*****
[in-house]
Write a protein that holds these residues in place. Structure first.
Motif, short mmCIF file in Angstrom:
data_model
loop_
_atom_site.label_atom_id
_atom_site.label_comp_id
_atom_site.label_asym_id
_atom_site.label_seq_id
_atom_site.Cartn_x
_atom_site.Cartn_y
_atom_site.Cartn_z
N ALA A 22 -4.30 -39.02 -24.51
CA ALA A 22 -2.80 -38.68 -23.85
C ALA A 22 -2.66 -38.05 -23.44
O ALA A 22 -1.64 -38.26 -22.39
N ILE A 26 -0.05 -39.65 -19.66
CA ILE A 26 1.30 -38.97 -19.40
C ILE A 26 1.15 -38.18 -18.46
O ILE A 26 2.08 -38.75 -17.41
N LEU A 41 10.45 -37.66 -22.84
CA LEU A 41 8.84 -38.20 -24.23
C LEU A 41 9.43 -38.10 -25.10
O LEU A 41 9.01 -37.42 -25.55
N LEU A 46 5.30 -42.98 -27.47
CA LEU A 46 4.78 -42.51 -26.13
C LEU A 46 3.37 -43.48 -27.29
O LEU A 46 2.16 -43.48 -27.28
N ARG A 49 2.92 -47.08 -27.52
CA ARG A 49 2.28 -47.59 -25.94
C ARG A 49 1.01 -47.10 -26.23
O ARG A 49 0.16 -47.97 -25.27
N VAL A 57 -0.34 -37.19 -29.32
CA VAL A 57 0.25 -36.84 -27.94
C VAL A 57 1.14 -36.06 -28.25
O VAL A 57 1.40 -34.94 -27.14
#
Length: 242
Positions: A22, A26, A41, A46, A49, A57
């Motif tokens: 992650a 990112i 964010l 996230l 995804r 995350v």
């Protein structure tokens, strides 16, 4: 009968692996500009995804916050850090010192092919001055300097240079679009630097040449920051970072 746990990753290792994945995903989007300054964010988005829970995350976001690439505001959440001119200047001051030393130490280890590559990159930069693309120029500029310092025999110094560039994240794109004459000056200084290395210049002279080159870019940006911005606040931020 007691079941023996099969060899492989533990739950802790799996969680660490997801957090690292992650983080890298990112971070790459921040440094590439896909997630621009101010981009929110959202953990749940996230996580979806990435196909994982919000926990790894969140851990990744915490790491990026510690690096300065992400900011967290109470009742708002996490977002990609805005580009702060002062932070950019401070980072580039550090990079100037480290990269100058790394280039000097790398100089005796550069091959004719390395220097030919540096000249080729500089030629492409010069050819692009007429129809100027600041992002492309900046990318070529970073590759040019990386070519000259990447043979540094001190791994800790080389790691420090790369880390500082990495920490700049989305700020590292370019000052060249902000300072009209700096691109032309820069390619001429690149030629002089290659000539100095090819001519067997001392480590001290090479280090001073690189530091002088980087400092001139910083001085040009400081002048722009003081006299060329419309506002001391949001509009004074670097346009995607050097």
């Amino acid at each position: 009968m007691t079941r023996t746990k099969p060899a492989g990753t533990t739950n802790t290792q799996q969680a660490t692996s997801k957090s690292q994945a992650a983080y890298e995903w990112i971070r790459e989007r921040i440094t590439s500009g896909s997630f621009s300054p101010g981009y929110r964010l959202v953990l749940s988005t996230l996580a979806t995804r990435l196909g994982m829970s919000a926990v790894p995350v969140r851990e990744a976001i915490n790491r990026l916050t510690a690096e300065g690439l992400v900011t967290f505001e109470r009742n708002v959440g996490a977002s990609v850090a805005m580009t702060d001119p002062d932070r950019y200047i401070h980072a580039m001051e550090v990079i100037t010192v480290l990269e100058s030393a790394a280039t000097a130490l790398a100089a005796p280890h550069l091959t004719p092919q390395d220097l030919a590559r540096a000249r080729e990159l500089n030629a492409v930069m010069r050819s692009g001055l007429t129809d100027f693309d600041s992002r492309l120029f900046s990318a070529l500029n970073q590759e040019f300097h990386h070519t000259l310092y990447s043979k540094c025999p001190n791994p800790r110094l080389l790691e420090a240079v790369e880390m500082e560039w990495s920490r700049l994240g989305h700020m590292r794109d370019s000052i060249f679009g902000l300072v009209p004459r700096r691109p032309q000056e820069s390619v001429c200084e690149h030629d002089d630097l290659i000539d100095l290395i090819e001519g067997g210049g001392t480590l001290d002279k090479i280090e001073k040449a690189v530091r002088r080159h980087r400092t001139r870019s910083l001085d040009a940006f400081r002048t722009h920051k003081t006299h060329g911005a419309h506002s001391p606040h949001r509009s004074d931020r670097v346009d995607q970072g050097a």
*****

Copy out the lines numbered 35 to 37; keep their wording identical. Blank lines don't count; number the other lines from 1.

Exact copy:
C VAL A 57 1.14 -36.06 -28.25
O VAL A 57 1.40 -34.94 -27.14
#